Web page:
Quantum Technologies and St John Bosco: Creating a Secure and Flexible Technology Platform for a Parochial School’s 4K–8 Community

School administrators are constantly balancing numerous and competing priorities—they must oversee student recruitment and enrollment, observe and offer constructive feedback on classroom instruction, and coordinate the logistics of student arrival and dismissal on a daily basis. Moreover, technology has emerged as a crucial focus, especially in light of the extensive utilization of remote and hybrid learning approaches.

In the absence of a dedicated information technology (IT) manager, administrators often find themselves pulled in multiple directions and having to address multiple, yet specific, IT situations that are often outside their personal area of expertise—troubleshooting a student’s specific laptop or tablet issue, addressing video conferencing needs for teachers and staff, or assisting parents with accessing parent/teacher messaging platforms or their student’s grades.

Indeed, beyond the issues outlined above, relying on a single staff member for IT needs can also present risks both from a logistical standpoint and in the arena of security. For instance, what does a small school do if the staff member who provided IT services in the past suddenly becomes unavailable? Do they transfer the responsibility to another staff member or hire an IT manager? And what mechanism ensures that the new manager will have access to all of the institution’s data and files?

Relying on a single staff person for IT management can be a risk

In 2018, this is exactly the situation that St. John Bosco found itself in when the teacher in charge of the school’s IT department decided to retire. At that moment, the small, private Catholic School, located in Sturgeon Bay, Wisconsin, needed to make an important decision—whether to hire an individual to address the school’s IT needs, or whether to use an outside Managed Service Provider.

“A school might think they could hire a full-time IT person for the same money, or for less money,” remarks Nathan Drager, president of Quantum Technologies. “But what if that person quits, or gets sick, or is incapacitated for some reason—what do you do while trying to hire a replacement? In a way,” he continues, “to ensure security and reduce vulnerability, you need human redundancy, just like you need redundancy in any other system. When you outsource your IT to Quantum, you get the systems, the practices and multiple people as needed.”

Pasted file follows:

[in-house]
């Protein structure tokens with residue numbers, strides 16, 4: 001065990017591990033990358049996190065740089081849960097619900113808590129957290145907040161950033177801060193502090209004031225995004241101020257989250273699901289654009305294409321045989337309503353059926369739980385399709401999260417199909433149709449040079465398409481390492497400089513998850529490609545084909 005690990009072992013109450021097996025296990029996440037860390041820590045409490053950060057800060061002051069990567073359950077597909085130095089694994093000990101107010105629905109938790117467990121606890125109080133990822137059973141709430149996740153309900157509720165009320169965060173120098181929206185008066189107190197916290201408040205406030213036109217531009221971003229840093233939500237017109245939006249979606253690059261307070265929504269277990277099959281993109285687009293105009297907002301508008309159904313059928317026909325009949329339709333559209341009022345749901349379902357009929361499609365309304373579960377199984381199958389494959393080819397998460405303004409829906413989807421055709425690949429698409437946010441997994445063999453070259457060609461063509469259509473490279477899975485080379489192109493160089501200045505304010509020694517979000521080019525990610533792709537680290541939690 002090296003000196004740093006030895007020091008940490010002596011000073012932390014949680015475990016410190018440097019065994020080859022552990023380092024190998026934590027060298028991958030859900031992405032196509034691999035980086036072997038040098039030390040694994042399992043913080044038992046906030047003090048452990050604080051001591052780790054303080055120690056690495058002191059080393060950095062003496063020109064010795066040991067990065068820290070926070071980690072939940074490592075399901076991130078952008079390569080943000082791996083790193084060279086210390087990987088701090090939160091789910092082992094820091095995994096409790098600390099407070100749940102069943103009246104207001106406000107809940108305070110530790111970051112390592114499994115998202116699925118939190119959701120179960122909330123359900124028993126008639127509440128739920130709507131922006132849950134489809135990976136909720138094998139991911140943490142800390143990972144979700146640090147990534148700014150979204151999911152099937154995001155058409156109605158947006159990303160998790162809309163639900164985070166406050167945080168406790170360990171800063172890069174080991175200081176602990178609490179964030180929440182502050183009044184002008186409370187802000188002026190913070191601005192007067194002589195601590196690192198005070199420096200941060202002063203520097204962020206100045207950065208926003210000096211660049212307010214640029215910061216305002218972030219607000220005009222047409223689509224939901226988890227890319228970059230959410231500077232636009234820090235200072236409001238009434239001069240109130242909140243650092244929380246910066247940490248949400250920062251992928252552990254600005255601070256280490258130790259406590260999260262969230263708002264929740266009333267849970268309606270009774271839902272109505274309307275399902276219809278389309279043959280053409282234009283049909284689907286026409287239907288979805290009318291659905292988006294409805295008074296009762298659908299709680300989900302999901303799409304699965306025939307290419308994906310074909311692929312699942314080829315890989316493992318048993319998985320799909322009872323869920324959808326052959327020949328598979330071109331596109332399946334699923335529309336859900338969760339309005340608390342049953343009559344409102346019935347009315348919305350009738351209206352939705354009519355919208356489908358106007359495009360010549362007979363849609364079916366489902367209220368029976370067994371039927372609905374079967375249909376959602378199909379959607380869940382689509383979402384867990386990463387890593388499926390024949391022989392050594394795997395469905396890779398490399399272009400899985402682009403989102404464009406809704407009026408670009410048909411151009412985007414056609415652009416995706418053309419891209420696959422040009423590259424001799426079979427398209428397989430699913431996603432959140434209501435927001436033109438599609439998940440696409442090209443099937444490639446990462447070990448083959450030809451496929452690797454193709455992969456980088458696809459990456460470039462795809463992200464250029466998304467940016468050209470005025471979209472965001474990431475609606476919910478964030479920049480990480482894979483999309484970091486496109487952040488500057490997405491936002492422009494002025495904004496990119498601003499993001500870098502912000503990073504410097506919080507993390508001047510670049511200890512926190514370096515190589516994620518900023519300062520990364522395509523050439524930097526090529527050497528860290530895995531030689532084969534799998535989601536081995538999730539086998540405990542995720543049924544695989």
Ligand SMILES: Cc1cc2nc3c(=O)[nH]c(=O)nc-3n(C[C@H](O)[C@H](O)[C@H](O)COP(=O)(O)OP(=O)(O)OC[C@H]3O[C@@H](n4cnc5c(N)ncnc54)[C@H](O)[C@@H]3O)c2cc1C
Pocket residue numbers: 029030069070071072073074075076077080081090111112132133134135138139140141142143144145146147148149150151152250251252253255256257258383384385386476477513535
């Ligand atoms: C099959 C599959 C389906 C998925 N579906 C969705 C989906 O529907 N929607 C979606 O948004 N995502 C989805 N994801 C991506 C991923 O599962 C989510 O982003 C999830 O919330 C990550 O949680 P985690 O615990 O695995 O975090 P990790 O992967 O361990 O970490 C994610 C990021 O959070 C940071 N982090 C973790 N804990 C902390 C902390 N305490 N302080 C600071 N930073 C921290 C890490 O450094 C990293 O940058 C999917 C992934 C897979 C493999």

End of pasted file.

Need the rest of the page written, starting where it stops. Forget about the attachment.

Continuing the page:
“We debated hiring a single person to handle technology—an IT manager,” says Vickie Dassler, principal at St. John Bosco, “but in the end, we decided to contract with Quantum. Now,” she continues, “we’re no longer depending on a single person. Instead, we have Quantum’s staff of 30. They are well versed in all aspects of the latest technology and make it easy for us to get the best and most cost-effective equipment.”

“With around 20 staff members,” Drager notes, “St. John Bosco is the perfect size to outsource their IT. If it was larger—say a staff of 100—it would make more sense for the school to employ a hands-on, internal IT manager, and then contract with Quantum Technologies as a co-manager, which is what the much larger Southern Door School District does.”

Setting up St. John Bosco for success

“The school’s handover to Quantum took about a month, and we did it over the summer months, so students wouldn’t be disrupted,” recalls Drager. “Initially,” he continues, “Quantum maintained and managed the St. John Bosco system as it was. Then, during the course of the first year of the contract, we were able to get all of the computers cleaned up, documented, and upgraded to Windows 10. Additionally,” he remarks, “Quantum secured all existing systems and evaluated them for longevity—the age of each item, expected end of life—then addressed how the school’s current tech would inform what the school wanted to do in the future, and what technology those goals required.”

With that information, Quantum and St. John Bosco developed a 3-year roadmap that allowed the school to develop a technology refresh and replacement schedule, establish priorities, and formulate a budget.

By the second summer of the contract—the summer of 2019—Quantum had replaced all the student and staff computers and tablets, which are used in lower grades and in some upper-grade science classes.